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Thread: ENFP/INFP

  1. #51
    Senior Member Gabe's Avatar
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    Quote Originally Posted by Eric B View Post
    Well, for one thing; I'm reading more about the functions as all of this is going on, and thinking about it, and then realizing how much I tend to use one over the other. Sometimes as you know, it's hard to know the difference between not only Te and Ti, but also Fi and Ti. So I might read a description or a test question and say "yeah, I do that", but I still could have mistaken a "principle" for a "value" (the line between them is often blurry, or a function projected outward from one turned inward.

    The only test that suggested ENFP was my taking the 20 Step II (EAR) subscales and scoring them (from 0-10) directly (at the request of someone I was discussing my type with. And he thought I was INTP until that). But now I looking back over it, I may have overestimated the Feeling questions and underestimated the Thinking ones. Already, I had one out-of-pattern subscale (OOPS), Questioning over Accomodating. This I believe is part of the "Choleric" aspect of my personality that is lacking in the ENFP profile, and is more NTish.

    The "only "expert" was a type coach on one of the boards, and as I said, she let too much of her own issues into it to be totally objective. She "had" to prove I was ENFP so she could say the "puer" (Te) brought out her "witch". I listened to her since she really seemed to know this stuff a lot, but ultimately, as even she said, only I can determine my type, and people of course are looking at what is seen on the outside, but sometimes what is inside can be different. Plus, I have been under a lot of stress lately, and I think things might be a bit skewed, as I look back deeply over which functions I really have gravitated to over the course of my life.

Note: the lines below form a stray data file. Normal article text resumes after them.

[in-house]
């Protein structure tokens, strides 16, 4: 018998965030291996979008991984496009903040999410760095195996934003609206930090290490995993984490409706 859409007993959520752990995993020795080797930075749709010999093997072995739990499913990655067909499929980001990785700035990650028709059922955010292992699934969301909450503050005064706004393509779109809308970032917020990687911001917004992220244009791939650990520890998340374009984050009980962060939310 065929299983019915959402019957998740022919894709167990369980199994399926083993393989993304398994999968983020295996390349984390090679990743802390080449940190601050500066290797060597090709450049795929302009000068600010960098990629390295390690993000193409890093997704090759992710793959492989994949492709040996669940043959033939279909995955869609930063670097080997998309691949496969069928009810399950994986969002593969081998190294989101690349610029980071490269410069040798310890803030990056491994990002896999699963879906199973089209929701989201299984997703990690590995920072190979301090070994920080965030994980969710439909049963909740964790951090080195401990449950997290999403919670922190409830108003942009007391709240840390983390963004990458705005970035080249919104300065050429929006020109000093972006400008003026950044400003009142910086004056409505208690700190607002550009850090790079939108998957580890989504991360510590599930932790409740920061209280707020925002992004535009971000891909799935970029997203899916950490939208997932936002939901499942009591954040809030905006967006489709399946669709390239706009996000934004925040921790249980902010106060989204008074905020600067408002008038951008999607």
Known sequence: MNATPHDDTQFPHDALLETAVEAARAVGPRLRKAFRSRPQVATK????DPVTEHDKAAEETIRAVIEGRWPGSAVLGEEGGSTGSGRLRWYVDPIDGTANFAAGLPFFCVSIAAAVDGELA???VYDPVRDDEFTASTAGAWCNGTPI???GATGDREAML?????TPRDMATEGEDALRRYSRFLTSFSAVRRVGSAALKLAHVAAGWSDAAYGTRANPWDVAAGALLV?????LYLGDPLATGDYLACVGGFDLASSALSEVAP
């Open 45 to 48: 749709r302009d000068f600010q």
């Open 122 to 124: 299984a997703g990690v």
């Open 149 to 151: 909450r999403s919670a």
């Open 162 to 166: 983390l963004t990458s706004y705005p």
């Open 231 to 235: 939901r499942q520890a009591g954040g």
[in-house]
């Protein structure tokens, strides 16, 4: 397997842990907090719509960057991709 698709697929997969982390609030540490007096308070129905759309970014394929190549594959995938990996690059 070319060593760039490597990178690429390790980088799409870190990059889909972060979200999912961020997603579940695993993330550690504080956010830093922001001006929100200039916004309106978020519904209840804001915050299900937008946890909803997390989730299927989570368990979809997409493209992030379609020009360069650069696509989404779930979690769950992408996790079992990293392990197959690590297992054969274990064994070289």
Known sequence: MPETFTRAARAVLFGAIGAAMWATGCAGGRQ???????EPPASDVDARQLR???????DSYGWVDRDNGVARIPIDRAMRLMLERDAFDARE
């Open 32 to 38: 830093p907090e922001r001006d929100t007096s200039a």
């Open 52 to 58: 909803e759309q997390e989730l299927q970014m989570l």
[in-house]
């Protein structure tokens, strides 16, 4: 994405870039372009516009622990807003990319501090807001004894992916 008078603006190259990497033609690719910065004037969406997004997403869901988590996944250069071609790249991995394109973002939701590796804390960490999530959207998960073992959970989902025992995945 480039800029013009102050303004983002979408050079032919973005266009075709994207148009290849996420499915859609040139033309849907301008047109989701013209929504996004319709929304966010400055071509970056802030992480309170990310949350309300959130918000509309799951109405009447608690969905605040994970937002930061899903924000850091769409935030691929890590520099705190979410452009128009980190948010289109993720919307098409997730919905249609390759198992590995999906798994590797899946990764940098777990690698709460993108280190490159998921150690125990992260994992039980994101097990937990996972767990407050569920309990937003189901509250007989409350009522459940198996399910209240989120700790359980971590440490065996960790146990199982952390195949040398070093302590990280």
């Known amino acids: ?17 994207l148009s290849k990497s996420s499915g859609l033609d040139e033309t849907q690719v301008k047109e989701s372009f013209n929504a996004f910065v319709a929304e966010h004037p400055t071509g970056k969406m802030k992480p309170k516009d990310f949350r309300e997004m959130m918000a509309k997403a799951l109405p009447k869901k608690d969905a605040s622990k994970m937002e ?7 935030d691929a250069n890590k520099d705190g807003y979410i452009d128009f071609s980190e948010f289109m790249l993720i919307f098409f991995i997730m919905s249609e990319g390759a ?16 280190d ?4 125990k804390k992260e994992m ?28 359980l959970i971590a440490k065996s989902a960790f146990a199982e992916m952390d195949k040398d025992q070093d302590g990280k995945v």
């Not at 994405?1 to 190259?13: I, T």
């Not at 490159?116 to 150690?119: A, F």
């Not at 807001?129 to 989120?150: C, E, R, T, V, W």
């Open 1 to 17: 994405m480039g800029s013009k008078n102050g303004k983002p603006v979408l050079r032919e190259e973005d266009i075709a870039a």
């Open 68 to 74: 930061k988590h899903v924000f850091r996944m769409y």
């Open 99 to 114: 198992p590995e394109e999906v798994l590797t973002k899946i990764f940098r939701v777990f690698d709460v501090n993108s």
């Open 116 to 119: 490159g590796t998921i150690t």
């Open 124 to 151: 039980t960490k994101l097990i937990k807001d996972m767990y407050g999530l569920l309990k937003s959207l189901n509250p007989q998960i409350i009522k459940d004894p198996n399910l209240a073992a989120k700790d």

The ultimate reason I have preferred an NT type over NF is because the NT's are pragmatic and Structure-oriented (Keirsey and Berens' terms, respectively), while NF is cooperative and motive oriented; and the former is what would describe me better. I may weigh things and behave cooperatively, but my gut instinct and inclination is pragmatic, with a logical "structure". This also seemed to match my being "Choleric" in the area of leadership and responsibilites. The ENFP seemed to lack this key aspect of my personality. Yes, this may tie into my own theory as to how two systems tie together, but I did try to remain objective, and seriously looked into ENFP, but it just did not completely fit, and then when I better grasped what the Ti traits were, and remembered how much I actually use and enjoy them (frameworks, leverage points, etc), it became more clear that that is really more preferred, and Te is the real "shadow" function I learned as a defense mechanism, from being surreounded by it when I was younger.